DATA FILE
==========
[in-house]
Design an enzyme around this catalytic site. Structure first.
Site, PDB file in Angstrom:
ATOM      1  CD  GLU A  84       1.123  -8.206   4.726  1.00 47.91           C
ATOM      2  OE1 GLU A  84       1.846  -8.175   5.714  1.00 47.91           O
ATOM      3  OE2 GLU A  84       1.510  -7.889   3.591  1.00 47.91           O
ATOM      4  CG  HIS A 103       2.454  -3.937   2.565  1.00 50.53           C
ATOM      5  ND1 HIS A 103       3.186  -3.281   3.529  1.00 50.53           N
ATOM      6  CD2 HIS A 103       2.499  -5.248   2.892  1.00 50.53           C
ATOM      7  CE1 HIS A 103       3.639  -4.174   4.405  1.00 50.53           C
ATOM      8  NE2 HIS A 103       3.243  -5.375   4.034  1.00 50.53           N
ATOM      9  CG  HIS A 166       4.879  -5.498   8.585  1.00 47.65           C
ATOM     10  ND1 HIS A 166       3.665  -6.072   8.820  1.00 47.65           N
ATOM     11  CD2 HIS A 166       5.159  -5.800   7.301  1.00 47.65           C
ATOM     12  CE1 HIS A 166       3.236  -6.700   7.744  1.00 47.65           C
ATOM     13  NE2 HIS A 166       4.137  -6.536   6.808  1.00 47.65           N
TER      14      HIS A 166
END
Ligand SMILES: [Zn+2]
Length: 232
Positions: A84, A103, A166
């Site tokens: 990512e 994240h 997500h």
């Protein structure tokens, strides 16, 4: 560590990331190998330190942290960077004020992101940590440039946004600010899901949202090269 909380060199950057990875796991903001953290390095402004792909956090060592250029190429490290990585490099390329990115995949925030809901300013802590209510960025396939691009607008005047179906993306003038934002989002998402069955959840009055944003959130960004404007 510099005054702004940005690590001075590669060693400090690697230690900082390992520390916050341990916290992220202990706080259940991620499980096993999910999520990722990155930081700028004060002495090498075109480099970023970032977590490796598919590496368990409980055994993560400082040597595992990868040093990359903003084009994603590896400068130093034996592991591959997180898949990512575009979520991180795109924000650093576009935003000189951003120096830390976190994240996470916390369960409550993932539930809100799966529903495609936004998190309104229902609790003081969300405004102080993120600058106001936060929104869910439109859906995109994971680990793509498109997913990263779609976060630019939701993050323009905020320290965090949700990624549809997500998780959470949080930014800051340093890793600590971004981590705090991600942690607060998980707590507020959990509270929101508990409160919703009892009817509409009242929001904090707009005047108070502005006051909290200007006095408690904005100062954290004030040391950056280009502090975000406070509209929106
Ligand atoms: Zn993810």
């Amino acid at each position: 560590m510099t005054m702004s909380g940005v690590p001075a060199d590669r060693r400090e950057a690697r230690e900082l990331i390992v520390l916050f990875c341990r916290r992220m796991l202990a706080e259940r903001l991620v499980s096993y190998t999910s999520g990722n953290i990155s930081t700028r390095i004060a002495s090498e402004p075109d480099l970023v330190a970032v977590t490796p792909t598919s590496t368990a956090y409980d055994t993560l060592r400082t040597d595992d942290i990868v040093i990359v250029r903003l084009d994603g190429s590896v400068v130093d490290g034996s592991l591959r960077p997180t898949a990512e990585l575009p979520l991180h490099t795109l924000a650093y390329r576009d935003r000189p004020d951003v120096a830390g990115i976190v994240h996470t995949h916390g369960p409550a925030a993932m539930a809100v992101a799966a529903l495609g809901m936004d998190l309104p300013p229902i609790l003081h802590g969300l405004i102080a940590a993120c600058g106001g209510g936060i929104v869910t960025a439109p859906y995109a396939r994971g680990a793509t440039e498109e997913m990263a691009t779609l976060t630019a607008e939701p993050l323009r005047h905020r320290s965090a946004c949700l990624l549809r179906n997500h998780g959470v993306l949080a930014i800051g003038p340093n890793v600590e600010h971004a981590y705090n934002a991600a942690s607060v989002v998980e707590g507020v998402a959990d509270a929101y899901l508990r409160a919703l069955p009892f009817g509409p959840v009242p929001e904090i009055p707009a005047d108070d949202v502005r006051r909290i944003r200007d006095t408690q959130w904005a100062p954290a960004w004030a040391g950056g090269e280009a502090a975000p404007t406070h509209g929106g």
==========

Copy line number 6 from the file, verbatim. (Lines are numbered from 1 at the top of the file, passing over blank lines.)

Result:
ATOM      3  OE2 GLU A  84       1.510  -7.889   3.591  1.00 47.91           O